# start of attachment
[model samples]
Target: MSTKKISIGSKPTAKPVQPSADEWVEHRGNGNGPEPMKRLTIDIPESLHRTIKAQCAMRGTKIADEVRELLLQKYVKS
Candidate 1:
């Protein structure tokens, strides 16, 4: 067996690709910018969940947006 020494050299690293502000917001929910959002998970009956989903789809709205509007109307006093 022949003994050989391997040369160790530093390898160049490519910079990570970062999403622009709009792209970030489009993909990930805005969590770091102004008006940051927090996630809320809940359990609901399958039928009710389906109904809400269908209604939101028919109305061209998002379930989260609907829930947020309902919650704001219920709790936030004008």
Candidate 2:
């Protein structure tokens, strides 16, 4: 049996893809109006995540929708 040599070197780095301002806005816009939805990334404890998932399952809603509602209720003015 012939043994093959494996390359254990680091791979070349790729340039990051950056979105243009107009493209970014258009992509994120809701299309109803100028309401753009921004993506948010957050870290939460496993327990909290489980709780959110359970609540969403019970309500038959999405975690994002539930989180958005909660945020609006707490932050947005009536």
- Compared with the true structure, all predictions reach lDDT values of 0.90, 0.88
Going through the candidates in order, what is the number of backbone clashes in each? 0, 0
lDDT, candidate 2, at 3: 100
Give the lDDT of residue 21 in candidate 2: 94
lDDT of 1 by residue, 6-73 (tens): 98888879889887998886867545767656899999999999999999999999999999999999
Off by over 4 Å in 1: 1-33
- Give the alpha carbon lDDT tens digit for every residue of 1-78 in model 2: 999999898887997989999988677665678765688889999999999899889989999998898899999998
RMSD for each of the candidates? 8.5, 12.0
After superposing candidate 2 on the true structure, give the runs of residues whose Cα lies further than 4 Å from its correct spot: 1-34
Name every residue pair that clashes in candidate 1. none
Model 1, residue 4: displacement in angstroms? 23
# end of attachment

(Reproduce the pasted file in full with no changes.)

[model samples]
Target: MSTKKISIGSKPTAKPVQPSADEWVEHRGNGNGPEPMKRLTIDIPESLHRTIKAQCAMRGTKIADEVRELLLQKYVKS
Candidate 1:
């Protein structure tokens, strides 16, 4: 067996690709910018969940947006 020494050299690293502000917001929910959002998970009956989903789809709205509007109307006093 022949003994050989391997040369160790530093390898160049490519910079990570970062999403622009709009792209970030489009993909990930805005969590770091102004008006940051927090996630809320809940359990609901399958039928009710389906109904809400269908209604939101028919109305061209998002379930989260609907829930947020309902919650704001219920709790936030004008």
Candidate 2:
């Protein structure tokens, strides 16, 4: 049996893809109006995540929708 040599070197780095301002806005816009939805990334404890998932399952809603509602209720003015 012939043994093959494996390359254990680091791979070349790729340039990051950056979105243009107009493209970014258009992509994120809701299309109803100028309401753009921004993506948010957050870290939460496993327990909290489980709780959110359970609540969403019970309500038959999405975690994002539930989180958005909660945020609006707490932050947005009536």
- Compared with the true structure, all predictions reach lDDT values of 0.90, 0.88
Going through the candidates in order, what is the number of backbone clashes in each? 0, 0
lDDT, candidate 2, at 3: 100
Give the lDDT of residue 21 in candidate 2: 94
lDDT of 1 by residue, 6-73 (tens): 98888879889887998886867545767656899999999999999999999999999999999999
Off by over 4 Å in 1: 1-33
- Give the alpha carbon lDDT tens digit for every residue of 1-78 in model 2: 999999898887997989999988677665678765688889999999999899889989999998898899999998
RMSD for each of the candidates? 8.5, 12.0
After superposing candidate 2 on the true structure, give the runs of residues whose Cα lies further than 4 Å from its correct spot: 1-34
Name every residue pair that clashes in candidate 1. none
Model 1, residue 4: displacement in angstroms? 23